Glacier's movement offers earthquake clues

Aug. 24, 2012 at 4:14 PM   |   Comments

UNIVERSITY PARK, Pa., Aug. 24 (UPI) -- Repeating earthquakes in an Antarctic ice sheet may shed light on both glacial movement and on earthquakes like those on the San Andreas fault, researchers say.

They analyzed seismic activity recorded on the David Glacier in Antarctica from 2002 to 2003 and found the local earthquakes, about 20,000 of them, were predominantly the same and occurred every 25 minutes, give or take 5 minutes.

"No one has ever seen anything with such regularity," said Lucas K. Zoet, who participated in the research while at Penn State and is now a postdoctoral fellow at Iowa State University. "An earthquake every 25 minutes for a year."

The earthquakes result from the glacier repeatedly rupturing as it passes over a half-mile diameter hill poking up from the bedrock underneath, the researchers suggest.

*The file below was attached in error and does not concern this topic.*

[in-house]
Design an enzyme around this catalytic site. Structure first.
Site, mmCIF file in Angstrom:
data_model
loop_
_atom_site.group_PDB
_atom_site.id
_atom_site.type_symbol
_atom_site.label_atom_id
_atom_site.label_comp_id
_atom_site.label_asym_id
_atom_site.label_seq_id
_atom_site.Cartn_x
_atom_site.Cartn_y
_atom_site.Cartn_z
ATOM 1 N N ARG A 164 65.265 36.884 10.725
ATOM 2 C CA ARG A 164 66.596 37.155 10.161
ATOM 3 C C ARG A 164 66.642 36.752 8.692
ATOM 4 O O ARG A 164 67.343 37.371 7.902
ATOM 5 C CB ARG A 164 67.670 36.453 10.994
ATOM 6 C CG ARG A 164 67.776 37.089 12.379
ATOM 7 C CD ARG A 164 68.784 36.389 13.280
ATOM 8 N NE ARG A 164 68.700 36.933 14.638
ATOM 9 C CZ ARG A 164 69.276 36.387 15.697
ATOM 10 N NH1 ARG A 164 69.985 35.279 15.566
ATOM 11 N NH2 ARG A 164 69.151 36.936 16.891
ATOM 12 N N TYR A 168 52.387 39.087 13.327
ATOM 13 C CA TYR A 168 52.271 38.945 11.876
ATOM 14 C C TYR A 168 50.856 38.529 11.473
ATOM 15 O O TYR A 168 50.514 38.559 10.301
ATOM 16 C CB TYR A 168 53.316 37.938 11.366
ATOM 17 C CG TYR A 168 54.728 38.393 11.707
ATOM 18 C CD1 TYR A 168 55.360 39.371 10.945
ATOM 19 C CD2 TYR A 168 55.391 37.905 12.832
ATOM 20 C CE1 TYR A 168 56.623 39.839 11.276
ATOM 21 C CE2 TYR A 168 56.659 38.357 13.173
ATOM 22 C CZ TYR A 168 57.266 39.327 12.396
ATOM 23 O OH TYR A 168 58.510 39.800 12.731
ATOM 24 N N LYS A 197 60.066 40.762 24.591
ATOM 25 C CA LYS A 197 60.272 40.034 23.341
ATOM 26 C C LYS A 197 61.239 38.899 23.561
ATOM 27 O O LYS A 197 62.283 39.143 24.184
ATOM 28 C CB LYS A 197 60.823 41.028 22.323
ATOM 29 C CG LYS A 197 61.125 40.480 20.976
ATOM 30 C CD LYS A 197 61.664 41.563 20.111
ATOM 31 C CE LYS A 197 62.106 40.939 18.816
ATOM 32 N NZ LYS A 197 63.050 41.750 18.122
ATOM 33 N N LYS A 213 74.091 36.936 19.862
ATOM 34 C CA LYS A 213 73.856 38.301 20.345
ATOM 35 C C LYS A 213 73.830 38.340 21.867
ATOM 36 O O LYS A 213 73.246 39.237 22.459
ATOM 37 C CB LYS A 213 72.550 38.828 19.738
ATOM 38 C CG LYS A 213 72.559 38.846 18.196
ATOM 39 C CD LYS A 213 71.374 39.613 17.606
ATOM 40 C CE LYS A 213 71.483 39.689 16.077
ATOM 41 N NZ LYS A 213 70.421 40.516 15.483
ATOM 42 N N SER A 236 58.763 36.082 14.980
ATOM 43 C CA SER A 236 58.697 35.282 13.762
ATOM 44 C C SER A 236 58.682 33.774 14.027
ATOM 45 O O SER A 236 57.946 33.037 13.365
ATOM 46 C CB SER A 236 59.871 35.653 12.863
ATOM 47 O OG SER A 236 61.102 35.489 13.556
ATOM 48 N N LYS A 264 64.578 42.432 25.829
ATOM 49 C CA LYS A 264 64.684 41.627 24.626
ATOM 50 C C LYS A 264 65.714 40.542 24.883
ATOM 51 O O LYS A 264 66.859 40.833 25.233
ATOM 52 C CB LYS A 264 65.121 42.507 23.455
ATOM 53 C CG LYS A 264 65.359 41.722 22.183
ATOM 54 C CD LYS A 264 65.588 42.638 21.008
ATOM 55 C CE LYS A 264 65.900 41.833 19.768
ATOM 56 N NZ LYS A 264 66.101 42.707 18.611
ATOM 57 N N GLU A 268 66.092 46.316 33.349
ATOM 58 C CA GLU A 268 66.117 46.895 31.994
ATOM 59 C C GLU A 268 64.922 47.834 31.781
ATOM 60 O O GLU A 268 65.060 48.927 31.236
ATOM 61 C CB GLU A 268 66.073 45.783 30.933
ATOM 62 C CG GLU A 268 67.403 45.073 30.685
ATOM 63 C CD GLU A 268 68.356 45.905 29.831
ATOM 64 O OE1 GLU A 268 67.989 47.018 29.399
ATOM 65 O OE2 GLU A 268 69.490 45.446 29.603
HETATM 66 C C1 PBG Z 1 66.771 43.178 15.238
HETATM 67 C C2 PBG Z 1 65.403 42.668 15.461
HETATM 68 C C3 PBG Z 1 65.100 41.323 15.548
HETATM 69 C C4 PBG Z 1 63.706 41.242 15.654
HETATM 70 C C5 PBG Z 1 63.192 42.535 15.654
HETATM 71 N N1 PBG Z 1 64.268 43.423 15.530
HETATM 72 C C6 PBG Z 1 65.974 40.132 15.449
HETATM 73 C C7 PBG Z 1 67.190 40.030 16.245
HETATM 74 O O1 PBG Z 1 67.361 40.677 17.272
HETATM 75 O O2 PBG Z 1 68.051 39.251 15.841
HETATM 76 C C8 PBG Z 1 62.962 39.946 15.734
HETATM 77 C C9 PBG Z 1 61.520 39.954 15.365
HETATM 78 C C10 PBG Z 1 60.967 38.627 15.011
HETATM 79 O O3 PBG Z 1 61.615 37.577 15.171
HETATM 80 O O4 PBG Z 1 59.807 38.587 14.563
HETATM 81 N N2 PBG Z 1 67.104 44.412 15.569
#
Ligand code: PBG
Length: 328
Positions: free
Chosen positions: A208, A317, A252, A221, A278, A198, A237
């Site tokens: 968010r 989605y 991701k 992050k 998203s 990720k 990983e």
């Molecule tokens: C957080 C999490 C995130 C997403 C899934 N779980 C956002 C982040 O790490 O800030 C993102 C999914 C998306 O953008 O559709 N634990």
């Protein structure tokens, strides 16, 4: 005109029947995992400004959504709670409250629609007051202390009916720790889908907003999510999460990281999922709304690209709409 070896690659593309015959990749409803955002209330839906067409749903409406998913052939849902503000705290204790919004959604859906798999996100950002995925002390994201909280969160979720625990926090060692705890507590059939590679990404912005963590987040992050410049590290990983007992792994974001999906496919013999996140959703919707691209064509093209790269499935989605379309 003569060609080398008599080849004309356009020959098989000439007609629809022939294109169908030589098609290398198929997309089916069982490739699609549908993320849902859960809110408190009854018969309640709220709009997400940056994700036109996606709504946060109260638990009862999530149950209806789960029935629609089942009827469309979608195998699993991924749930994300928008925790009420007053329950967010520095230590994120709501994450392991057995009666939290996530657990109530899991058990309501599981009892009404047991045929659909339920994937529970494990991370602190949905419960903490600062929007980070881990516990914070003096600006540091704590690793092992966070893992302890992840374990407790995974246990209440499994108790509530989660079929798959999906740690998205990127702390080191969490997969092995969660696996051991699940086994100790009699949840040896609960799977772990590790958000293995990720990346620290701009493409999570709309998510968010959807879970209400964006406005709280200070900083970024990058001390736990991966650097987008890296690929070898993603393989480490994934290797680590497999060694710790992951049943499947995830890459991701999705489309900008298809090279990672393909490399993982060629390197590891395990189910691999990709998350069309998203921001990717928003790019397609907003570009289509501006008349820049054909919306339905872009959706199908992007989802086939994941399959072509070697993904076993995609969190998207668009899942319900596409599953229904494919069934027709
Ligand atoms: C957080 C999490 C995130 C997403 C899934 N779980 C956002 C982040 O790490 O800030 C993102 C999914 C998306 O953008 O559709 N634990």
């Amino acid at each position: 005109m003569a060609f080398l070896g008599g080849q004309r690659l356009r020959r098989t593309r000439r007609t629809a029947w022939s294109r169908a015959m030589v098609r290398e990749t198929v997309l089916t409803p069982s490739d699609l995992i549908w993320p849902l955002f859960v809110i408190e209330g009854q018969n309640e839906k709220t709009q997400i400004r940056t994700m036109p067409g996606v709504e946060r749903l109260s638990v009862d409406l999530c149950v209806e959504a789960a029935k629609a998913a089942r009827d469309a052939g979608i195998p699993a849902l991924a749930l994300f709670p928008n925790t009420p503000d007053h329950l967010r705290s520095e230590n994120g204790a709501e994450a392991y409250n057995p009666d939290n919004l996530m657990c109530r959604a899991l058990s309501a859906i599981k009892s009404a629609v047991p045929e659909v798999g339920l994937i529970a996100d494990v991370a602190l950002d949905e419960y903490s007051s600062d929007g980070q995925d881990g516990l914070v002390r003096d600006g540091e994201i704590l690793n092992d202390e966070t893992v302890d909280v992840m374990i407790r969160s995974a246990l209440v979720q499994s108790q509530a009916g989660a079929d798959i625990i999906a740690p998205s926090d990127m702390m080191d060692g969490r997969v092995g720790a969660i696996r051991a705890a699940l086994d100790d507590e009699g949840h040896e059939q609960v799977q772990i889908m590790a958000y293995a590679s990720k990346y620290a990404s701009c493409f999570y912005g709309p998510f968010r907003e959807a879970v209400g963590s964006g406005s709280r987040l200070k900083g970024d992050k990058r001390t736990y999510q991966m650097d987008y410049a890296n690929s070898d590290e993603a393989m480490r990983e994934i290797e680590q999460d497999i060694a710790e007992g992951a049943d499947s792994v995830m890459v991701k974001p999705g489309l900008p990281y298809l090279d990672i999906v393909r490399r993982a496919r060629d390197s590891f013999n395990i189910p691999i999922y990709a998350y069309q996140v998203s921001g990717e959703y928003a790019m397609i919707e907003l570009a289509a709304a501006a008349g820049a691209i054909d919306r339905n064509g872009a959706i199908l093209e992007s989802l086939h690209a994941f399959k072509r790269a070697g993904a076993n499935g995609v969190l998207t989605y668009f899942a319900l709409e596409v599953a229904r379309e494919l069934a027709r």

That creates a so-called "stick/slip" situation much like that on the San Andreas fault, as the ice sticks on the hill and stress gradually builds until the energy behind the obstruction is high enough to move the ice forward, a Penn State release said Thursday.

That occurs in a step-by-step manner rather than smoothly, resulting in the regularly repeating earthquakes, they said.

The findings can provide a simple model for the stick/slip earthquakes that occur between landmasses, Penn State geosciences Professor Richard B. Alley said.

"We have not completely explained how ice sheets flow unless we can reproduce this effect," he said. "We can use this as a probe and look into the physics so we better understand how glaciers move."

© 2012 United Press International, Inc. All Rights Reserved. Any reproduction, republication, redistribution and/or modification of any UPI content is expressly prohibited without UPI's prior written consent.
Recommended UPI Stories
Featured UPI Collection
Notable deaths of 2014 [PHOTOS]

Notable deaths of 2014 [PHOTOS]

Most Popular
Researchers dig up earliest evidence of snail-eating
Tropical storm Karina looks like the number 9 from space
Study explains why ER nurses do what they do
Neanderthals and humans interacted for thousands of years
Tech industry All Stars developing 'Star Trek'-style communication badges
Trending News